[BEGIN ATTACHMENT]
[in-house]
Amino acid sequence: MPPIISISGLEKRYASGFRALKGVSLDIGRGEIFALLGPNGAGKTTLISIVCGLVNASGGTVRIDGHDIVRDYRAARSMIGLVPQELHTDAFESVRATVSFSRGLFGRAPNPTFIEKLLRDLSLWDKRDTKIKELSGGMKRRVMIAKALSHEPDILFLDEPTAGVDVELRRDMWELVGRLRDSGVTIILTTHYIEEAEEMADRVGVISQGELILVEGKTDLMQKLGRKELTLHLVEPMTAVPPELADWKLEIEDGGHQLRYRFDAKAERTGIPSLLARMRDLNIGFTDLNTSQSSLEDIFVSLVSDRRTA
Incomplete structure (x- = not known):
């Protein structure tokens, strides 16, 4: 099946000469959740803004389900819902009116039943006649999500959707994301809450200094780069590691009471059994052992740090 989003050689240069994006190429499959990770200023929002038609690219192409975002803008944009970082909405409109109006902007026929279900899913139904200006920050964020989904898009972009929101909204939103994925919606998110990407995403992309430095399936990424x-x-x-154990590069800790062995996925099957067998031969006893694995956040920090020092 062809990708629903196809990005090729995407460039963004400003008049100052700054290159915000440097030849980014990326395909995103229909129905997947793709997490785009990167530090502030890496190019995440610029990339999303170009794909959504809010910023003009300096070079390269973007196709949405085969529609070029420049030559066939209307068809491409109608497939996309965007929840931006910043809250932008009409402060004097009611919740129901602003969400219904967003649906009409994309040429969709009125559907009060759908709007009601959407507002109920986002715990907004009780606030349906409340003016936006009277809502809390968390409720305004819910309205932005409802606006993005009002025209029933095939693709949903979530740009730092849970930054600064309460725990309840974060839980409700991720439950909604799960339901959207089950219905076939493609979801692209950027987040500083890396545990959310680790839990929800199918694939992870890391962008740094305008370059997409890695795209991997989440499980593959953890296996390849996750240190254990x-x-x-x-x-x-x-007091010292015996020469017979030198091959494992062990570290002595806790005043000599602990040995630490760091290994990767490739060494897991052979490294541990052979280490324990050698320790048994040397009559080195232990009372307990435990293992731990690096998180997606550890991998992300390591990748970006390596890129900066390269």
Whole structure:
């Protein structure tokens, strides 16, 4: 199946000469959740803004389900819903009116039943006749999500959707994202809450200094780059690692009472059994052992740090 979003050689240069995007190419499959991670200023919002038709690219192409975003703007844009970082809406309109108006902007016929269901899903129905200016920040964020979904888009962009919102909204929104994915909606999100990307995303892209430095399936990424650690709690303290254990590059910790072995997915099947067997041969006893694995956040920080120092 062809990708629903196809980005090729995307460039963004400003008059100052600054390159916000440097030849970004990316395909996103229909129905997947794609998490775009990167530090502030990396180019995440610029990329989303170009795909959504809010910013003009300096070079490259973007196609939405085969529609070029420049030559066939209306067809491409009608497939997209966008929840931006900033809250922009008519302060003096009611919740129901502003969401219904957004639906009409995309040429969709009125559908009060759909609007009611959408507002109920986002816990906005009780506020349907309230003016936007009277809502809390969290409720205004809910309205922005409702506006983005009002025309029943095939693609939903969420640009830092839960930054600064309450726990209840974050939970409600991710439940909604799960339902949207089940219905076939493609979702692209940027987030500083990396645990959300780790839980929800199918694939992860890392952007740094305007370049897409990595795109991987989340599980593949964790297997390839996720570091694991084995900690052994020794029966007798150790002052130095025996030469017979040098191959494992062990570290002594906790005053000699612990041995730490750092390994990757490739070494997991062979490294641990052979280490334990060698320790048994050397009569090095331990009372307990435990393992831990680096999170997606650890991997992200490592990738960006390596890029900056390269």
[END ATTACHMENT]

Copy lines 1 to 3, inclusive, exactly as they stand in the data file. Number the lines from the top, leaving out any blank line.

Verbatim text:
[in-house]
Amino acid sequence: MPPIISISGLEKRYASGFRALKGVSLDIGRGEIFALLGPNGAGKTTLISIVCGLVNASGGTVRIDGHDIVRDYRAARSMIGLVPQELHTDAFESVRATVSFSRGLFGRAPNPTFIEKLLRDLSLWDKRDTKIKELSGGMKRRVMIAKALSHEPDILFLDEPTAGVDVELRRDMWELVGRLRDSGVTIILTTHYIEEAEEMADRVGVISQGELILVEGKTDLMQKLGRKELTLHLVEPMTAVPPELADWKLEIEDGGHQLRYRFDAKAERTGIPSLLARMRDLNIGFTDLNTSQSSLEDIFVSLVSDRRTA
Incomplete structure (x- = not known):